Leeds Named Among Nation’s Legal Education ‘Leaders in Diversity’
Posted on December 14, 2015
The National Jurist magazine has named University of Arkansas School of Law Dean Stacy Leeds among a group of Leaders in Diversity.
In its fall issue, the magazine highlighted 20 professors, chosen from nearly 100 nominations, who have gone beyond the norm to further diversity efforts in legal education.
Dean Stacy Leeds[/caption]
“Dean Leeds is a great example of how educational leaders should work everyday to foster greater access for students, faculty and staff as well as a more inclusive campus community,” said Charles Robinson, vice chancellor for diversity and community and interim vice provost for student affairs. “We are very fortunate to have her as part of the Razorback family.”
According to the article by Mike Stetz, 88 percent of the nation’s attorneys are white. Law schools must diversify their student bodies in order to ensure that those in key legal professions, such as public servants, judges, prosecutors, general counsels and heads of corporate, government, nonprofit and legal organizations – a group whose career path often involves law school – reflect the population as whole.
Leeds is profiled along with law professors at Loyola University, Saint Louis University, Washington University, the University of California (Los Angeles, Davis and Irvine) and Georgetown. She was chosen for her experience, leadership, accomplishments and innovation.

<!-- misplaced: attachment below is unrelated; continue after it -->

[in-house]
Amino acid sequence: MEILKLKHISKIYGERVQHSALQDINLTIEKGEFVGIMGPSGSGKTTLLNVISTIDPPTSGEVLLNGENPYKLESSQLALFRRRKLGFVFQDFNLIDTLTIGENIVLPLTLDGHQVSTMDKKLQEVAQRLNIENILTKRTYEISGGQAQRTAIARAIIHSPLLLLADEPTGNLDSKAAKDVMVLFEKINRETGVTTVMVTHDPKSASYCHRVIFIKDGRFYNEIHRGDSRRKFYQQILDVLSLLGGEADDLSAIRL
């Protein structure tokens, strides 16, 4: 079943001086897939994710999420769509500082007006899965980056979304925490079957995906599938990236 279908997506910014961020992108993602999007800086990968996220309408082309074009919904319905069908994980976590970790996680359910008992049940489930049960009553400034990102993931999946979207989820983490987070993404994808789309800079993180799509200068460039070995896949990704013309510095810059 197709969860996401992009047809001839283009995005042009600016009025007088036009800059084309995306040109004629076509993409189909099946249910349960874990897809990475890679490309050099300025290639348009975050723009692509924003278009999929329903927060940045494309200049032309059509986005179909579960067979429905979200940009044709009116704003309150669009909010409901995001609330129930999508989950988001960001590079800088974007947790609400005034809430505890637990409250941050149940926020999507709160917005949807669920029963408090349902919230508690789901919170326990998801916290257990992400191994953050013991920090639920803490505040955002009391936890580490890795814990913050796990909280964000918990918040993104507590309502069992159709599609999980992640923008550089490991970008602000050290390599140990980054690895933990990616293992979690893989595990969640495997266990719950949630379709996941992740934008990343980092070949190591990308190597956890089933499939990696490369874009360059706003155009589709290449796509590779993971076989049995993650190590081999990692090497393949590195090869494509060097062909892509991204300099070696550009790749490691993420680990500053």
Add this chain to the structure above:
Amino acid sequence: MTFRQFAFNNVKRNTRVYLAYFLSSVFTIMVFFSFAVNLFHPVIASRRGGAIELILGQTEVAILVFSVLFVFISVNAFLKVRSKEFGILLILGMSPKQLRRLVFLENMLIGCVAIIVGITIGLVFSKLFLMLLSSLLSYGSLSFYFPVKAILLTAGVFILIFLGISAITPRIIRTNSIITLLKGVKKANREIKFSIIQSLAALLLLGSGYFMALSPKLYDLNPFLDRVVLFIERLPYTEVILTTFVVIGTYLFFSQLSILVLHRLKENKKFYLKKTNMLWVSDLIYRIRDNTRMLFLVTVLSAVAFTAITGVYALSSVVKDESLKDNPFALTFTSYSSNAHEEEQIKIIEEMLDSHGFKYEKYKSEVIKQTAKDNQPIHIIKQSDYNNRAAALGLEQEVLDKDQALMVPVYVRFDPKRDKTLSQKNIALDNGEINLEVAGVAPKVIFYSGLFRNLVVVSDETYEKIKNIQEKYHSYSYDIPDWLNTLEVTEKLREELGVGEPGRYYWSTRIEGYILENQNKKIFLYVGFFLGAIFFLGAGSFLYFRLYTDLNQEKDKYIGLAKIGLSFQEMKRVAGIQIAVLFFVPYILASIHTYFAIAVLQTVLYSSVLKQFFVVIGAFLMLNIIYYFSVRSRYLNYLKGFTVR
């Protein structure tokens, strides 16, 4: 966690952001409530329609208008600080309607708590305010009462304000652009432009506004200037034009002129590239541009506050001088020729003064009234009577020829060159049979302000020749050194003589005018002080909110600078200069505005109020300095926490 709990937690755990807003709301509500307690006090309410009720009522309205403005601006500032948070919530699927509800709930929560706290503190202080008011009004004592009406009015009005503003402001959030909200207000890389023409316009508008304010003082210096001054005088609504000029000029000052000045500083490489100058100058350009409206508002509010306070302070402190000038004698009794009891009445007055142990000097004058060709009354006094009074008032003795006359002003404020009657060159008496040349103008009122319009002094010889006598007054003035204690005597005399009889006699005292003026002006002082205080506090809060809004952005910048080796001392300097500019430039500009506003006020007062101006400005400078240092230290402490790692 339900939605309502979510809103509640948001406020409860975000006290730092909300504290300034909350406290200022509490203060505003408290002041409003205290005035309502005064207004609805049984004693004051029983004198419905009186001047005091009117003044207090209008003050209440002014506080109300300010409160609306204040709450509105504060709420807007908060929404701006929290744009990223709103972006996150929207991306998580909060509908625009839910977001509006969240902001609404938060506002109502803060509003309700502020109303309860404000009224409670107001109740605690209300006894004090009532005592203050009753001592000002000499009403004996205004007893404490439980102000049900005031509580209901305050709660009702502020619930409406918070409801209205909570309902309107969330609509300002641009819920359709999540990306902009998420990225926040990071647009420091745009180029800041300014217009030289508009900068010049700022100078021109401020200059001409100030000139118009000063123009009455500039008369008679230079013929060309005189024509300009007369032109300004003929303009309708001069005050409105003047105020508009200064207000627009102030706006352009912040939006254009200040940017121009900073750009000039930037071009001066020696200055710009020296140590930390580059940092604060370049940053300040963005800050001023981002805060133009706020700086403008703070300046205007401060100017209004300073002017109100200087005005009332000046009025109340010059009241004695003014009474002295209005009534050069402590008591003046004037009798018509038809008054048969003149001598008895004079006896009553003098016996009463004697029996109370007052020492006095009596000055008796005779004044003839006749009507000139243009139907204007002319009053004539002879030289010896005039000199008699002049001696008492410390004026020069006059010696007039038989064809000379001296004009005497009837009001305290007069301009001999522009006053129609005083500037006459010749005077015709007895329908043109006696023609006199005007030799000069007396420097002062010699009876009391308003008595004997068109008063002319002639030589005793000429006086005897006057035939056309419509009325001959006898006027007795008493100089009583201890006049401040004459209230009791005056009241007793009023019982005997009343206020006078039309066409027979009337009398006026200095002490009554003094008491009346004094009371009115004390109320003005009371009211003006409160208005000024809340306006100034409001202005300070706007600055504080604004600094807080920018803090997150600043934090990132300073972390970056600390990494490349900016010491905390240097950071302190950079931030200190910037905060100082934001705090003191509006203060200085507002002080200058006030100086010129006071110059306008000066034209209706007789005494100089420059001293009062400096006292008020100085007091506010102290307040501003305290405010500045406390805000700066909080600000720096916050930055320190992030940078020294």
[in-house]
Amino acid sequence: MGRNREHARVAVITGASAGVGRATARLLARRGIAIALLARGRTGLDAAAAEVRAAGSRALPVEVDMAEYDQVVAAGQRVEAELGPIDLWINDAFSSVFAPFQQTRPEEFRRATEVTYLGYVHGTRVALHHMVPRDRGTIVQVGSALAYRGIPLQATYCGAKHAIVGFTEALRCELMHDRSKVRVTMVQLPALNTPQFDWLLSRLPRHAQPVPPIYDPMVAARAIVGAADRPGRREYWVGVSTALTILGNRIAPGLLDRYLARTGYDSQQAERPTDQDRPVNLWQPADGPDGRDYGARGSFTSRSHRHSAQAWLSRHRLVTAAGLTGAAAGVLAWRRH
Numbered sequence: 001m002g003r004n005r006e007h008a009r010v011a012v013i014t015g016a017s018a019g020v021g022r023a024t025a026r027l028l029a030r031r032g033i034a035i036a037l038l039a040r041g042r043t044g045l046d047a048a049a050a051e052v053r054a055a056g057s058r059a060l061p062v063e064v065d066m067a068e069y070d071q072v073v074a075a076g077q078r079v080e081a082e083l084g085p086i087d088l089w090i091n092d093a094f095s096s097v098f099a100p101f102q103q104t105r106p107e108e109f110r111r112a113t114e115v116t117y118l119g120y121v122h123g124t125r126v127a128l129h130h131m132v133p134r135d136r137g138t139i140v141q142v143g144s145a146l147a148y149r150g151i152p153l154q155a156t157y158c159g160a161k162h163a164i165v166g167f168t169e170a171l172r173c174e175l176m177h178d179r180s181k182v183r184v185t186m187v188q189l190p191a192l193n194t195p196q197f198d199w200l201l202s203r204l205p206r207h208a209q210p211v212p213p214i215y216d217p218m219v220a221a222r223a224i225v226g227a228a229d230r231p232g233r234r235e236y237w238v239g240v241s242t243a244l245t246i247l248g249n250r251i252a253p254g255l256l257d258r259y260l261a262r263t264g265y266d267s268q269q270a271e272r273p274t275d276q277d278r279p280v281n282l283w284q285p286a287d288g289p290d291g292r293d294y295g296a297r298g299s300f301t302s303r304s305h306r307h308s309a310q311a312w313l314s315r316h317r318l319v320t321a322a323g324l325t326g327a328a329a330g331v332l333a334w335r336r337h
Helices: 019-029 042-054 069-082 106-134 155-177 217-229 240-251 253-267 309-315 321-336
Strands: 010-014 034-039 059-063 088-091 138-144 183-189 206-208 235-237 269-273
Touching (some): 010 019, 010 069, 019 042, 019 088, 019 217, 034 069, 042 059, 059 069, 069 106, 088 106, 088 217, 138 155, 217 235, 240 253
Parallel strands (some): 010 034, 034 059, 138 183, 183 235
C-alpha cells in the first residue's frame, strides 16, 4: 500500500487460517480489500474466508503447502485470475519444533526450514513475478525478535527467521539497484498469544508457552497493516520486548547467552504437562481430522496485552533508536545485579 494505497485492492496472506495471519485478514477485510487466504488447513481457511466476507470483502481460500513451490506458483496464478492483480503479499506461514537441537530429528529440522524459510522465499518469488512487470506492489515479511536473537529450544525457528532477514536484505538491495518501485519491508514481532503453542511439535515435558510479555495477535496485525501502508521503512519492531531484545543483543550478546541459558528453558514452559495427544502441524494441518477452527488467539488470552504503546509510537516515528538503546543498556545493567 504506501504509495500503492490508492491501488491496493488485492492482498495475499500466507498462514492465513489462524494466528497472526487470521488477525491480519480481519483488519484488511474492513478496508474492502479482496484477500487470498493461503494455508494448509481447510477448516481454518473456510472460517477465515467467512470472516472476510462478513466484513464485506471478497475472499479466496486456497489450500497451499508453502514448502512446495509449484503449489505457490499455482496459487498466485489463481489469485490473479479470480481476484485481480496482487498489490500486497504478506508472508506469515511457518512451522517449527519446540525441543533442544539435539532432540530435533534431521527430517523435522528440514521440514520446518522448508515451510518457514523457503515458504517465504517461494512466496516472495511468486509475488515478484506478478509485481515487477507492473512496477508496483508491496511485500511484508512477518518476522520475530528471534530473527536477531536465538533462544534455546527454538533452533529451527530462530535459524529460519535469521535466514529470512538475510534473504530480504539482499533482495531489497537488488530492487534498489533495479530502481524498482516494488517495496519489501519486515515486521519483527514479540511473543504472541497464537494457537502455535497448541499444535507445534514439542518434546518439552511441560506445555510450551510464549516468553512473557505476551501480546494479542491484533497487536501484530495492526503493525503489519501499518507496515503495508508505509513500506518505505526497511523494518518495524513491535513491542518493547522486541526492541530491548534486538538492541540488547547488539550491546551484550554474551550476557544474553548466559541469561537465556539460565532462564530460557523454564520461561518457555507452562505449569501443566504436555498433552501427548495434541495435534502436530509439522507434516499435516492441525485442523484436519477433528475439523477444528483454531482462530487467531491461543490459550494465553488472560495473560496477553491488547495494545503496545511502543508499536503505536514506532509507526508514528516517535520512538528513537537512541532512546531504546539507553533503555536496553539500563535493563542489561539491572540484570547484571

The profile notes that Leeds is currently the nation’s only American Indian dean of a law school and one of a handful of American Indian law professors. She has served as a mentor, student organization advisor, moot court coach and career counselor for countless diverse law students. Her non-academic activities include membership on the American Indian Law Center’s board of directors. The center has awarded more the $52 million in scholarships in its 45-year history.
It also acknowledges Leeds’ initiation of two separate diversity pipelines during her tenure as dean. Through the LSAC DiscoverLaw.org Prelaw Undergraduate Scholars (PLUS) Program and the Native Youth in Food and Agriculture Summer Leadership Summit, the School of Law has hosted more than 200 high school and undergraduate students on the University of Arkansas campus during the last four summers.
The story will also run in the next issue of The National Jurist’s sister publication preLaw. The magazines are among the nation’s leading news sources in legal education. The National Jurist reaches an estimated 100,000 law students, and preLaw is read by more than 45,000 prospective law students. Professors and law school administrators receive both publications.